How to Build a Rod Rack to Keep Your Fishing Gear Organized and Safe
Stacking fishing rods in the corner of the garage is no way to treat expensive tackle. They can get tangled, … Continued
Stacking fishing rods in the corner of the garage is no way to treat expensive tackle. They can get tangled, fall over, and end up damaged. And they look messy, too.
This easy plan for a horizontal rod rack is your remedy. The rack accommodates four large rods and reels and is designed for wall mounting. This is a quick project–it might take you two hours–but can save many future headaches and broken rods.
MAKE THE PIECES Cut two 3×30-inch backing strips and two 4½×24-inch rod support strips out of a 1×12-inch, No. 2 pine board. Round their corners using a saber or band saw.
SAW THE SLOTS Stack the two support strips together. Starting 2½ inches from the bottom, drill four centered holes 5½ inches apart using a 1-inch Forstner bit. Be sure to put a backer block under the bottom strip to prevent splintering when the bit breaks through. Then, with a saber or band saw, cut angled slots to meet the holes.
BORE THE BACKS Using a countersink bit, drill three ¼-inch-deep depressions into one of your backing strips: one at 6, one at 15, and one at 24 inches from the top of the strip. Using a 1/8-inch bit, bore holes through the center of these depressions. Repeat with the other backing strip. Finally, bore a centered hole 1½ inches from each end of the strips. You’ll use these last holes to mount the rack on your wall.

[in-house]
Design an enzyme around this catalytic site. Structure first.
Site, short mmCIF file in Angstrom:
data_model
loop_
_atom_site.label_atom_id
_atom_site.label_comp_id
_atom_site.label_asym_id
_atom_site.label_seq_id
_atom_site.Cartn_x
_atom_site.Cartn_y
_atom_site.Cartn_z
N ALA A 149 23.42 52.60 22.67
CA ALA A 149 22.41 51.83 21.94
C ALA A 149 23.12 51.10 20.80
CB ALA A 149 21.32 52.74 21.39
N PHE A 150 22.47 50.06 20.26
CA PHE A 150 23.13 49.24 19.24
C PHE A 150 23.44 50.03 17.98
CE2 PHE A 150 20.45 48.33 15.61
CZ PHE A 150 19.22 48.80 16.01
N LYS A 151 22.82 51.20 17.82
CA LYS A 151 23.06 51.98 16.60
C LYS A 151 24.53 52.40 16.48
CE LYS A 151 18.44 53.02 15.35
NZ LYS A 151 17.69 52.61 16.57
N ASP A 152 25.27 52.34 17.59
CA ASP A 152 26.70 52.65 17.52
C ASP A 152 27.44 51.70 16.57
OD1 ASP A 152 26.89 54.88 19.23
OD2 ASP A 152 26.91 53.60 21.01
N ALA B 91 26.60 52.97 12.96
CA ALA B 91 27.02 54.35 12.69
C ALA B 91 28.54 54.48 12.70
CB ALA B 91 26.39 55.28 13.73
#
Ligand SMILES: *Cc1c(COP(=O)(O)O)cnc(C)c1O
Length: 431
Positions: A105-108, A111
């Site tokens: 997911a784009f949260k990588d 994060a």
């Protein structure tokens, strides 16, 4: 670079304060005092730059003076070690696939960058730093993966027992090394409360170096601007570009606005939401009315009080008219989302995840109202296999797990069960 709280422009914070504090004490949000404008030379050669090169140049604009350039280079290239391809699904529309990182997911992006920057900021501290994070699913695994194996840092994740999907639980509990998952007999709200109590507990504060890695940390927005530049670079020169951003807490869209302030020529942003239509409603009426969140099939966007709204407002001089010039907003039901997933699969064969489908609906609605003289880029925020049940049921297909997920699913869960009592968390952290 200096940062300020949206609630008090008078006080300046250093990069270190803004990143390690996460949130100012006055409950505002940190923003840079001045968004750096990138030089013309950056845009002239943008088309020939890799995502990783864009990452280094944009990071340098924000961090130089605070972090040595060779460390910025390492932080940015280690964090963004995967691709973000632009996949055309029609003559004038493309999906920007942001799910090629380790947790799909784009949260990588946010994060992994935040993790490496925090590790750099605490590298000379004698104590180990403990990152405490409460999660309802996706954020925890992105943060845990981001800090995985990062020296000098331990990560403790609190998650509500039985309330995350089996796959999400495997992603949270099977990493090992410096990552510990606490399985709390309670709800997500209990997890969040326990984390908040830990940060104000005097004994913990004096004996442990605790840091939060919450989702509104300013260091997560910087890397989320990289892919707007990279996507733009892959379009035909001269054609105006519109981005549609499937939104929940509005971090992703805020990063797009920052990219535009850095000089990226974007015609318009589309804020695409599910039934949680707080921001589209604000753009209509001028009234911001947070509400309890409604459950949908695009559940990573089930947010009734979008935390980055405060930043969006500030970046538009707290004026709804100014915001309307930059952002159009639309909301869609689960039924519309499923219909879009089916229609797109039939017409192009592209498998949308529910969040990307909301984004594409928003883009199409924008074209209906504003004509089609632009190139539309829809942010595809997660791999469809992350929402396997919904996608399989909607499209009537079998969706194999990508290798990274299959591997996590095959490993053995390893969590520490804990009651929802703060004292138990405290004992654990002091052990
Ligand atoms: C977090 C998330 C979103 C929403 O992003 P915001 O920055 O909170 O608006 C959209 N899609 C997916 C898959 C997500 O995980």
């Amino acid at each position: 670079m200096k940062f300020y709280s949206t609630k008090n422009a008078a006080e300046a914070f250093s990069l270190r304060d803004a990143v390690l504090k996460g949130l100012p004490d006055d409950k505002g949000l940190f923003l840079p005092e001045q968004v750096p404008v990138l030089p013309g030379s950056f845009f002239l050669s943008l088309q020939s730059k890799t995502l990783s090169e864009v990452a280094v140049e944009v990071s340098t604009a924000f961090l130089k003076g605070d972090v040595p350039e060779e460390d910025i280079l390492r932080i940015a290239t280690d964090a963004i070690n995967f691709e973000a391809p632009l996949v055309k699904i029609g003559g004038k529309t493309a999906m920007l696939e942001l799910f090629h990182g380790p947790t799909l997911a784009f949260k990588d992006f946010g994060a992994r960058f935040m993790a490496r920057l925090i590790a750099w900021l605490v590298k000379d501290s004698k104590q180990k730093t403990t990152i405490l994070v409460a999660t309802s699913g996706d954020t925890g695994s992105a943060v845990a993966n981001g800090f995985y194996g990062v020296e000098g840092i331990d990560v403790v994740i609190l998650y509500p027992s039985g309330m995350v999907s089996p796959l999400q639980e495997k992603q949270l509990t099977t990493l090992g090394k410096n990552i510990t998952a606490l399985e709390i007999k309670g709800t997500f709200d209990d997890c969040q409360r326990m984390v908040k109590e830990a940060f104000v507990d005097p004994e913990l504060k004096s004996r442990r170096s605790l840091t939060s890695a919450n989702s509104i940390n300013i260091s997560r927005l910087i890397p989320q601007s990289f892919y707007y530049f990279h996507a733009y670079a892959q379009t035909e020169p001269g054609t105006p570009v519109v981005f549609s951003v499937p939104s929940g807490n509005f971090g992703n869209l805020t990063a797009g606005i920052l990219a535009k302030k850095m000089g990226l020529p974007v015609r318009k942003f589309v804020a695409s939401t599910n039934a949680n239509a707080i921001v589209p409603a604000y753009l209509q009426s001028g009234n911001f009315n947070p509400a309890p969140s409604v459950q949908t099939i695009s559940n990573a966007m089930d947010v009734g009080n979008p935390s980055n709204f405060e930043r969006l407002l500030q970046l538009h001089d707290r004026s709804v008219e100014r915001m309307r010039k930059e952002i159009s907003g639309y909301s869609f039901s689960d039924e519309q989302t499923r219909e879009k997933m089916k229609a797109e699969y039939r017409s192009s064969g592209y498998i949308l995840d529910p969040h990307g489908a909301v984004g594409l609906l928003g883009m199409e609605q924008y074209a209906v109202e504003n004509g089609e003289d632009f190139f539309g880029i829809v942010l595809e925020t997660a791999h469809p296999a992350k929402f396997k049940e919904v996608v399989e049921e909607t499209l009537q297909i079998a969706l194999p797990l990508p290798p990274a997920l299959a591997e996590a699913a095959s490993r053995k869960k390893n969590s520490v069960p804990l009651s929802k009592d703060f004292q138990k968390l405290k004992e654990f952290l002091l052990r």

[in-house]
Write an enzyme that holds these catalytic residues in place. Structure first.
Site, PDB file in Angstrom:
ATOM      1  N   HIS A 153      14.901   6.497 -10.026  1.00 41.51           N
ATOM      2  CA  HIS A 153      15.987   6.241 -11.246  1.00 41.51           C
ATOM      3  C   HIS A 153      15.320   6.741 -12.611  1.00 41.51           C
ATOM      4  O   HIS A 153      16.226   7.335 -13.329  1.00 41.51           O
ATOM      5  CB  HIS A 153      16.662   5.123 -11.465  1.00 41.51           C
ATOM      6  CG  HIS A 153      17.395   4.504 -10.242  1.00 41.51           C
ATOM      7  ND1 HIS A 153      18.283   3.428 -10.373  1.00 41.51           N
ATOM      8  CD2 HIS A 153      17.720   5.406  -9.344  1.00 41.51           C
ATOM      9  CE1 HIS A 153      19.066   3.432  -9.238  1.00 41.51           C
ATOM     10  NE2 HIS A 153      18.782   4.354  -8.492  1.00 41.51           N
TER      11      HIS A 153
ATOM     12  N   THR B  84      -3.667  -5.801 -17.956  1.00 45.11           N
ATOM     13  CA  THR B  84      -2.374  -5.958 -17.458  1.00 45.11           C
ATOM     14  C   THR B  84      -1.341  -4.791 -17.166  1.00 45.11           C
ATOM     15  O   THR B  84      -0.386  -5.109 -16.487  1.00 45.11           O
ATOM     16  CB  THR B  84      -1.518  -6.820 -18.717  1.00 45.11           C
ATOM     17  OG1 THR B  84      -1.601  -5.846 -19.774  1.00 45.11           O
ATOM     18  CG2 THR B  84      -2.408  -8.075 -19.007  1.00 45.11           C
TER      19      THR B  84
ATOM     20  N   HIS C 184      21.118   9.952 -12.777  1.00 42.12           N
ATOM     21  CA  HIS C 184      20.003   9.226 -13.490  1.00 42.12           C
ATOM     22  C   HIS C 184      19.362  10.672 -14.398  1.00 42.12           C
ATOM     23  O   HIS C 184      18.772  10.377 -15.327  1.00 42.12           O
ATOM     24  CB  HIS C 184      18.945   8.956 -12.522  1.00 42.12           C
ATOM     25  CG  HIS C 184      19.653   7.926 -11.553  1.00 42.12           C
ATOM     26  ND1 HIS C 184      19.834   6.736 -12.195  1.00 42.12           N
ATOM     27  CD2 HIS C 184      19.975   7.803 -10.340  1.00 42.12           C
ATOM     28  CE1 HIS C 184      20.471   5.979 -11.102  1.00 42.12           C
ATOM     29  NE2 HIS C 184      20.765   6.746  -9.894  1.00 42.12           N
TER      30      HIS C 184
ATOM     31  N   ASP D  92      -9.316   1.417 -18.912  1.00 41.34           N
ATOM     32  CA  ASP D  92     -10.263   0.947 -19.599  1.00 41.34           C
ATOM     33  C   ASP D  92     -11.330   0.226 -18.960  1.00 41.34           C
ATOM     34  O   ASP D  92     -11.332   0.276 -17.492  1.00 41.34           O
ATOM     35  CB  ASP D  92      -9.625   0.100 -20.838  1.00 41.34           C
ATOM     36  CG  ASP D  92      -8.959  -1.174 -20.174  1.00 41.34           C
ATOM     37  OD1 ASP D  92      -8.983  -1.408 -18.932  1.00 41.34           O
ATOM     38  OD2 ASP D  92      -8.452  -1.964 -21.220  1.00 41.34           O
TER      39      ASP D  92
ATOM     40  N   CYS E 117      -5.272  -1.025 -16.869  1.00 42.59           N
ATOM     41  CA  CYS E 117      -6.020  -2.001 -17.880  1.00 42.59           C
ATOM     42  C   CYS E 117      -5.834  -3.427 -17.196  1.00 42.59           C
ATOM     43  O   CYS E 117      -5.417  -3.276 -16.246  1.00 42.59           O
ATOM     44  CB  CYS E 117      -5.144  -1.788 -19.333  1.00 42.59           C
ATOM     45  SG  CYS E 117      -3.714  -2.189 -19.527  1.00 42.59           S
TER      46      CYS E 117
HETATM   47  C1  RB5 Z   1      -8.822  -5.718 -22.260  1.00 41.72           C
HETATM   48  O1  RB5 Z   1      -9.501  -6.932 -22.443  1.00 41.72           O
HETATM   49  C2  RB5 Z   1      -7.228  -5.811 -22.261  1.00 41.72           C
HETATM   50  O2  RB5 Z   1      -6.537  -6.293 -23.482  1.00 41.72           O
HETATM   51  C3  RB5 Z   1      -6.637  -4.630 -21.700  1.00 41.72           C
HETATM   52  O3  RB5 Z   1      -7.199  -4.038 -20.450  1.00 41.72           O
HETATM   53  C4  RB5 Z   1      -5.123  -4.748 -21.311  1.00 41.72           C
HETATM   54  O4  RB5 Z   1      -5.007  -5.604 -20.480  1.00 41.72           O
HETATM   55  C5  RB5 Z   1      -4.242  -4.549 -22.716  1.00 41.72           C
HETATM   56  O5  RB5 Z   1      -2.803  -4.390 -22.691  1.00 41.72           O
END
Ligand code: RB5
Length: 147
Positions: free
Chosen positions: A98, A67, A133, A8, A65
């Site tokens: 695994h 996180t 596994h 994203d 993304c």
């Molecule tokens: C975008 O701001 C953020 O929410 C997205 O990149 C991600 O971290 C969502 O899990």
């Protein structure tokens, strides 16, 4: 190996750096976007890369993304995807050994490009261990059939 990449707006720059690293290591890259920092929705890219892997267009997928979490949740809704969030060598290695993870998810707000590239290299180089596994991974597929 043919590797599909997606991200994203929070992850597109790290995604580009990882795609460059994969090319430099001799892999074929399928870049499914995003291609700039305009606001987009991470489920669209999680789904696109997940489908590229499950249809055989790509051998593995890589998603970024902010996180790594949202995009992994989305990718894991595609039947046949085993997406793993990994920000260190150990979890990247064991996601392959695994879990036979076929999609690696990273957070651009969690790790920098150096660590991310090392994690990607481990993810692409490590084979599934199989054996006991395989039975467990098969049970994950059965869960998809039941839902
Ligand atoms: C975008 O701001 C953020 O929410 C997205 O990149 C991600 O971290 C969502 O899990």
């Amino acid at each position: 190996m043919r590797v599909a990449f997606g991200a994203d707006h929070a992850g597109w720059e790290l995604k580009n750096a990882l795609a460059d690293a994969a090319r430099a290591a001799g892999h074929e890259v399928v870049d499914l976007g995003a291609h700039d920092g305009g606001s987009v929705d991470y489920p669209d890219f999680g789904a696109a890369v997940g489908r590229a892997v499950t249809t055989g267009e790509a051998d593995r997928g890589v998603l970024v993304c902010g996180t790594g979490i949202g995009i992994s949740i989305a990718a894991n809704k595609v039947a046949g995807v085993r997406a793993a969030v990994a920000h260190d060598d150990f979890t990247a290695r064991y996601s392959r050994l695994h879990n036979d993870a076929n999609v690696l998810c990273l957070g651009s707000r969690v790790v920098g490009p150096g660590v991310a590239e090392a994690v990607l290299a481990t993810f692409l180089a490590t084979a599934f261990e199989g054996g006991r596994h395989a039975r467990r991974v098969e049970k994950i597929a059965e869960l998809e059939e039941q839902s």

ASSEMBLE THE RACK Sand all the pieces well. Then fasten them together by drilling self-starting wood screws through the countersunk holes in the backing strips and into the edges of the rod supports.
FINISH AND MOUNT IT Touch up with paint, stain, or polyurethane, and glue felt to the insides of the rod slots. Mount the pieces on the wall of your garage.
TOOLS: • Electric drill • 1-inch Forstner bit, ¼-inch countersink bit, 1/8-inch standard bit • Band or saber saw • Paintbrush MATERIALS • One 6-foot-long No. 2 pine sheet, 1×12-inch: $9 • One box selfstarting brass wood screws: $4 • 4-ounce bottle Tacky Glue: $1 • 1 yard of felt: $5 WORK TIME • 1-2 hours TOTAL COST • $19